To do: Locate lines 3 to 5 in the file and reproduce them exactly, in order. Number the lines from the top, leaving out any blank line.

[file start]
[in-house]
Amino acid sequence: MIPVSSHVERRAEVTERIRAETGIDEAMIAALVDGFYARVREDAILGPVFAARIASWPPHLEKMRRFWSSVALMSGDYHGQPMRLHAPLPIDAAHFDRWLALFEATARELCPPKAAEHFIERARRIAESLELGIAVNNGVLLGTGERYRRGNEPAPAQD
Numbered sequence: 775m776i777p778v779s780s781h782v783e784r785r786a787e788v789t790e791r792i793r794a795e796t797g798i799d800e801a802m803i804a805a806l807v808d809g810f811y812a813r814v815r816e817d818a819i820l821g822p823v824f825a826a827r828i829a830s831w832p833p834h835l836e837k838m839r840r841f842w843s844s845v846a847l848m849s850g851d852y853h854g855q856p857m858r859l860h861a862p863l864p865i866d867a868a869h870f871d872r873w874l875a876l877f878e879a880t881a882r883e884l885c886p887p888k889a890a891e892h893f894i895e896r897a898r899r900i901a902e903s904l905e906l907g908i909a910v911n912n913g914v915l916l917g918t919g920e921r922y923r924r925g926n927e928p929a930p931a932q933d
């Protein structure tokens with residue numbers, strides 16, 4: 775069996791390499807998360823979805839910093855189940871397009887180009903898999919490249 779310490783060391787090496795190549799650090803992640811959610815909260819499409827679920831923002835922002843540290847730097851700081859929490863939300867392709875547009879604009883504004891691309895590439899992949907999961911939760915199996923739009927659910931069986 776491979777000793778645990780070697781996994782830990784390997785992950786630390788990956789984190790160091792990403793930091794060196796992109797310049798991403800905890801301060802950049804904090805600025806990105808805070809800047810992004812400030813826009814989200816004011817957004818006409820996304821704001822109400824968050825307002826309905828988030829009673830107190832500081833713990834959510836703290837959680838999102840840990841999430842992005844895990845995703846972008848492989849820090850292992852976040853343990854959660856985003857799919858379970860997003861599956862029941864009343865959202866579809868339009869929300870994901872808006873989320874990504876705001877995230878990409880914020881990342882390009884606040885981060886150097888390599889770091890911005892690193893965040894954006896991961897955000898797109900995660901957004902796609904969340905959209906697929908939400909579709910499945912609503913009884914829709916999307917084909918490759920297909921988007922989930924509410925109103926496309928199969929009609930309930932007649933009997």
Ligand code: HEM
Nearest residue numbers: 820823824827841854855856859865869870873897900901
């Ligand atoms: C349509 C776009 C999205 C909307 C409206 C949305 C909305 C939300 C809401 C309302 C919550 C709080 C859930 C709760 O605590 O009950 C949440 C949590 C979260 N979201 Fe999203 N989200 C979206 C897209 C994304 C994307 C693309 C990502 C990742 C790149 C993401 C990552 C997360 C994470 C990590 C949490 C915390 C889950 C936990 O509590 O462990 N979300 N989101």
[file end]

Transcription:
Numbered sequence: 775m776i777p778v779s780s781h782v783e784r785r786a787e788v789t790e791r792i793r794a795e796t797g798i799d800e801a802m803i804a805a806l807v808d809g810f811y812a813r814v815r816e817d818a819i820l821g822p823v824f825a826a827r828i829a830s831w832p833p834h835l836e837k838m839r840r841f842w843s844s845v846a847l848m849s850g851d852y853h854g855q856p857m858r859l860h861a862p863l864p865i866d867a868a869h870f871d872r873w874l875a876l877f878e879a880t881a882r883e884l885c886p887p888k889a890a891e892h893f894i895e896r897a898r899r900i901a902e903s904l905e906l907g908i909a910v911n912n913g914v915l916l917g918t919g920e921r922y923r924r925g926n927e928p929a930p931a932q933d
């Protein structure tokens with residue numbers, strides 16, 4: 775069996791390499807998360823979805839910093855189940871397009887180009903898999919490249 779310490783060391787090496795190549799650090803992640811959610815909260819499409827679920831923002835922002843540290847730097851700081859929490863939300867392709875547009879604009883504004891691309895590439899992949907999961911939760915199996923739009927659910931069986 776491979777000793778645990780070697781996994782830990784390997785992950786630390788990956789984190790160091792990403793930091794060196796992109797310049798991403800905890801301060802950049804904090805600025806990105808805070809800047810992004812400030813826009814989200816004011817957004818006409820996304821704001822109400824968050825307002826309905828988030829009673830107190832500081833713990834959510836703290837959680838999102840840990841999430842992005844895990845995703846972008848492989849820090850292992852976040853343990854959660856985003857799919858379970860997003861599956862029941864009343865959202866579809868339009869929300870994901872808006873989320874990504876705001877995230878990409880914020881990342882390009884606040885981060886150097888390599889770091890911005892690193893965040894954006896991961897955000898797109900995660901957004902796609904969340905959209906697929908939400909579709910499945912609503913009884914829709916999307917084909918490759920297909921988007922989930924509410925109103926496309928199969929009609930309930932007649933009997």
Ligand code: HEM